Tuesday 18 February 2014

Knowledge Management in a Crisis - managing knowledge from rare events

The Somerset Levels by nicksarebi
The Somerset Levels, a photo by nicksarebi on Flickr.
How do you manage knowledge from really rare events? From the infrequent crises?

Often we rely on accessing knowledge and experience from others through mechanisms such as social media or communities of practice, but this method falls down when the events we need to learn about happen very rarely, and the last occurrence was a long time ago. If the last time the event happened was, say, 10 years ago, it lies beyond the reliable limits of human memory. The human memory is unreliable over a long span; we post-rationalise, we partially recall, we invent memories, or we simply forget.

I was thinking about this in the light of two events that happened nearby.

The first event was the warning of a possible "snow day" at a nearby school. Days where the snow is so bad that schools have to be closed, are extremely rare in South West England, and the last one was 5 years ago. Luckily the school had learned from this past snow day, and, and had drawn up a "snow day" checklist as a resource for the future, including the precautions to put in place, the decision making process, and the numbers to call (the parents, the local radio, the staff etc).

The second event is the catastrophic flooding in Somerset, which has lasted for several weeks already. Here there seemed to be far less in the way of pre-planned check-list response, and there may be political reasons for this.

With the last floods in 2007 I was strongly advising one of my clients, who was in charge of KM for one of the affected public utilities, that they needed to hold a decent Retrospect, to improve their flood response process. She tried to get this to happen, but it proved politically impossible to hold an in-house review while the big government-funded public enquiries were happening. No doubt these enquiries were of value, but they were not focused (as the Retrospects would have been) in developing improved flood-response processes for this particular utility company.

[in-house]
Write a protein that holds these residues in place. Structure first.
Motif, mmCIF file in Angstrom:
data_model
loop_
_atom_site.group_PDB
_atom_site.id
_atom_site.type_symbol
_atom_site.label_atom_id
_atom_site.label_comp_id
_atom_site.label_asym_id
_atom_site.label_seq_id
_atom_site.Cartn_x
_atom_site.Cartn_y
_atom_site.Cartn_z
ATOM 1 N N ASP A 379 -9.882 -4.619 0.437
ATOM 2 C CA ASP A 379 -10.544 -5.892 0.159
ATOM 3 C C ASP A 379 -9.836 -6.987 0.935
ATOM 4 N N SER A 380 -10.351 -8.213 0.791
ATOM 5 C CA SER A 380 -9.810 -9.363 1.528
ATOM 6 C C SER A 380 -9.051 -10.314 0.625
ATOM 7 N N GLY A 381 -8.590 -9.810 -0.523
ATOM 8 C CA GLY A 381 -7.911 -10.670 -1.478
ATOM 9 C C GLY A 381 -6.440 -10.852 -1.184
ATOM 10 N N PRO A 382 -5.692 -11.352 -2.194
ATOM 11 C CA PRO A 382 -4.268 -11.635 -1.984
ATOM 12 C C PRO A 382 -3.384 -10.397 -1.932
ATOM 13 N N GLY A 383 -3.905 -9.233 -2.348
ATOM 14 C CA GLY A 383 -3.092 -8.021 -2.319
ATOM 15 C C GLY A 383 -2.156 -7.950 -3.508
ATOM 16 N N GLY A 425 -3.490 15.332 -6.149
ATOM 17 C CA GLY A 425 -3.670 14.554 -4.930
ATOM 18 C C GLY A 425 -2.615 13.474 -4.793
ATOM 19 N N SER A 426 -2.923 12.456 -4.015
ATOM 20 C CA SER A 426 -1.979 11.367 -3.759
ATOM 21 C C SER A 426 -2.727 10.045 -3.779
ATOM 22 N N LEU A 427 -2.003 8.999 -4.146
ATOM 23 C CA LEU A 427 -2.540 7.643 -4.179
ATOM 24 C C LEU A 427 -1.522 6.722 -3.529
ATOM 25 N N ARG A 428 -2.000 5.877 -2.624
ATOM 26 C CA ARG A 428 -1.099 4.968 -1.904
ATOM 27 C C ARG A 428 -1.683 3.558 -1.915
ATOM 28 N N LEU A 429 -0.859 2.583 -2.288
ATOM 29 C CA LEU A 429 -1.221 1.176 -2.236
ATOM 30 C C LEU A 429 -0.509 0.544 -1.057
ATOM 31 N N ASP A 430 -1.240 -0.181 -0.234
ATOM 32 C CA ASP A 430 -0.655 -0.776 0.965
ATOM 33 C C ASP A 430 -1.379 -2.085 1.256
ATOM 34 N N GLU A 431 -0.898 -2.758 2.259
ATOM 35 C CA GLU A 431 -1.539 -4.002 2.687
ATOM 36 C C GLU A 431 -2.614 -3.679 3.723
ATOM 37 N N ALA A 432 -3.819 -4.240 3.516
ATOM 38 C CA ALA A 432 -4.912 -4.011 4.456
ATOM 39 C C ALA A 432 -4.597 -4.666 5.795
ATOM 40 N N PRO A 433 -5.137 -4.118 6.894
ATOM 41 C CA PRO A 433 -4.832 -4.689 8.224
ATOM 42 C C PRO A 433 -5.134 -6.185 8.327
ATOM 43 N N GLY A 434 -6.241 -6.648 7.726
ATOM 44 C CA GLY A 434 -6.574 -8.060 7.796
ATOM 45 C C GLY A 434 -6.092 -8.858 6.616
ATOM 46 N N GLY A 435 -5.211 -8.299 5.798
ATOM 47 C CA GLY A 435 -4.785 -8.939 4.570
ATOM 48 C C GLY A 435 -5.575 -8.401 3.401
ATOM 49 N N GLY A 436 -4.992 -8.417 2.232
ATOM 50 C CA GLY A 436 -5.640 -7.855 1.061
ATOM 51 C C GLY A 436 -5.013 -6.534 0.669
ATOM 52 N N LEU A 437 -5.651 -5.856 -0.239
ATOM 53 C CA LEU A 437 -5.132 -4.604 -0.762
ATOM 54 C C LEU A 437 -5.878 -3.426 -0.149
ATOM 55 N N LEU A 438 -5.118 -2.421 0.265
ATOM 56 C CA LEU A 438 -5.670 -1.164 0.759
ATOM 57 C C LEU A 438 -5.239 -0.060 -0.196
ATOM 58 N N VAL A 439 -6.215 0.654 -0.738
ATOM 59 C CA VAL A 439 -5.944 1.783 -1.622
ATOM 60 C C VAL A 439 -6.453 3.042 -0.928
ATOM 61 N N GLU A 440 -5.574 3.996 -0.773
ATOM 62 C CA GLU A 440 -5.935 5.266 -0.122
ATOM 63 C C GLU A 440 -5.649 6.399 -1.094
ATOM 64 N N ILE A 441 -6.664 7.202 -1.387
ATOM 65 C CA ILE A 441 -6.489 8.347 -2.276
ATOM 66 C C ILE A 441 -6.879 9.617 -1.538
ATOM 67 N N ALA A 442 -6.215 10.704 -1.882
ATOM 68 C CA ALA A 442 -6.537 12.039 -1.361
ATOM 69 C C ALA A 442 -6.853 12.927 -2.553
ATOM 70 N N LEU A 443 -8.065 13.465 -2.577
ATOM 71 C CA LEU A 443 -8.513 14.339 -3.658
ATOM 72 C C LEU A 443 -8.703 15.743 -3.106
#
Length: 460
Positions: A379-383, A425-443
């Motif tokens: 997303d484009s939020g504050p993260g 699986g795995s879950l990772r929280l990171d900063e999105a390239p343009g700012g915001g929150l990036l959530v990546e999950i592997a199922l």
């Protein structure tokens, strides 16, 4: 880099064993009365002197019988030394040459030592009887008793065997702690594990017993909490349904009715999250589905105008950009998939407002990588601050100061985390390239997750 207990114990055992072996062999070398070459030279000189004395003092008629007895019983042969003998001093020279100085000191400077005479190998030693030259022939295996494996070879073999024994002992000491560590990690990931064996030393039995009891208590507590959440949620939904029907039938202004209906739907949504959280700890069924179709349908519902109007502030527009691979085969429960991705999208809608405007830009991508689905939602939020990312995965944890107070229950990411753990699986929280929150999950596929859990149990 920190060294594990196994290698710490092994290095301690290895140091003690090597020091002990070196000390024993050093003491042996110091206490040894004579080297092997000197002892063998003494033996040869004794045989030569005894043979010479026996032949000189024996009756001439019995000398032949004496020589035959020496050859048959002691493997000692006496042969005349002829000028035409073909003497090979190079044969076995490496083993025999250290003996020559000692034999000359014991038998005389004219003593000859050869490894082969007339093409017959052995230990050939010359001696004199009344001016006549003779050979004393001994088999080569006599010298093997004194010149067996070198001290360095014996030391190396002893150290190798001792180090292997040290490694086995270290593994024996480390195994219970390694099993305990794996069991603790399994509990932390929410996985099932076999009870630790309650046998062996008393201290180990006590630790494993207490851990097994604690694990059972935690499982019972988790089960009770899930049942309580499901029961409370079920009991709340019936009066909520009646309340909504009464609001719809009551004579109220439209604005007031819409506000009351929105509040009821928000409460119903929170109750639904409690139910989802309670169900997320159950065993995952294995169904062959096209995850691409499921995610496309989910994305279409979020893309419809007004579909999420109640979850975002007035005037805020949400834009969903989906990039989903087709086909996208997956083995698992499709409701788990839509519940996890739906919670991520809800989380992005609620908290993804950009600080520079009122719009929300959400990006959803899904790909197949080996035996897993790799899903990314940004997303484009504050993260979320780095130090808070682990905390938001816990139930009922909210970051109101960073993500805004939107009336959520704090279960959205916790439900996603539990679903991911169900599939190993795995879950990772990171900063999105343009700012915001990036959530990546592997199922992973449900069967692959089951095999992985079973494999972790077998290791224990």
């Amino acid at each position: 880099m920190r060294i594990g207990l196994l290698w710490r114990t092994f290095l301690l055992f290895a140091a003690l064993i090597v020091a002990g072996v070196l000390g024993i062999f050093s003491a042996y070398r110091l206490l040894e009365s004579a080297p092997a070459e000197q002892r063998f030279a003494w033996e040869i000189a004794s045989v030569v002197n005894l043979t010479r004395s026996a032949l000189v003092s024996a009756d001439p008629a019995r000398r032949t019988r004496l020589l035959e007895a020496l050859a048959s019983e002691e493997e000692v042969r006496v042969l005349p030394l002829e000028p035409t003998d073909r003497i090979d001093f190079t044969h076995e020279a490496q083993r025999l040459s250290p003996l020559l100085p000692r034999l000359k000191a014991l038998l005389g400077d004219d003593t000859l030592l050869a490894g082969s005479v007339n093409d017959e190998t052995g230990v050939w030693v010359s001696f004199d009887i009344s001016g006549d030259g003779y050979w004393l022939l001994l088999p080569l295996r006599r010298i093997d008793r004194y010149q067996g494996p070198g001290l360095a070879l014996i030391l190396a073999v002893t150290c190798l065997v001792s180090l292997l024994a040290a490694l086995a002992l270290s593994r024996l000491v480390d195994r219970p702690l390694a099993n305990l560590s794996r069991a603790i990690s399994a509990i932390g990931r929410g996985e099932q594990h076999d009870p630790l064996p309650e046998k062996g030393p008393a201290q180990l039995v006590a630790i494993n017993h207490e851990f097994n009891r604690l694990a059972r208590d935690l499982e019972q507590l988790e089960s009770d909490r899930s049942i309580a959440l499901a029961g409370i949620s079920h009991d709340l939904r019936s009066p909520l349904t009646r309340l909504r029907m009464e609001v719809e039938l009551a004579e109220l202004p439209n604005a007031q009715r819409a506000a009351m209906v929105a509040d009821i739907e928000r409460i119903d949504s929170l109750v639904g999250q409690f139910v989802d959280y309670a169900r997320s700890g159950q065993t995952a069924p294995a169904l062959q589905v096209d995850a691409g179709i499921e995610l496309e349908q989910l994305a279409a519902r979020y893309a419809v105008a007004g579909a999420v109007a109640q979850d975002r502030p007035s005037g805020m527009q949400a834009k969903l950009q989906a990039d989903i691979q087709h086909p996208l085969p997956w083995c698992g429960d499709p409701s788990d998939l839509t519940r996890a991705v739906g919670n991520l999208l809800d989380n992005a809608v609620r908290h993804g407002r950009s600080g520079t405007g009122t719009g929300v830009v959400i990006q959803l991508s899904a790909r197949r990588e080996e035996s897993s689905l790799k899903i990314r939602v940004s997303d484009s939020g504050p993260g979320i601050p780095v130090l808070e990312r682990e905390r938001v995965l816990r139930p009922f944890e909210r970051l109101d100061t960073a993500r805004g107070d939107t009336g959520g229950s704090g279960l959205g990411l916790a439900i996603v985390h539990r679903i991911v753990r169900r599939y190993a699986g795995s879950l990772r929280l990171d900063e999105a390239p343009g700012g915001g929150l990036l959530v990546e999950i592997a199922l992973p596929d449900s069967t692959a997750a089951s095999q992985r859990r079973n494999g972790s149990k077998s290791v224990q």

In the UK we are already seeing efforts in the media to find someone to blame for "inadequate flood defence".  This blaming culture will, if we are not careful stifle the openness that effective KM requires, and remove the possibility of effective retrospective style review.

We don't need blame, we need learning, so that when this rare event happens again, which global climate change suggests it will, we will find a legacy body of knowledge that allows instant and informed action.

The approach to KM from rare events has to be to create a legacy body of knowledge
through objective uncritical unblaming review, to determine what happened, why it happened, and how it should be handled next time, and then to store that as a "knowledge asset" for re-use next time..

Because no matter how rare the event, there will be a next time.

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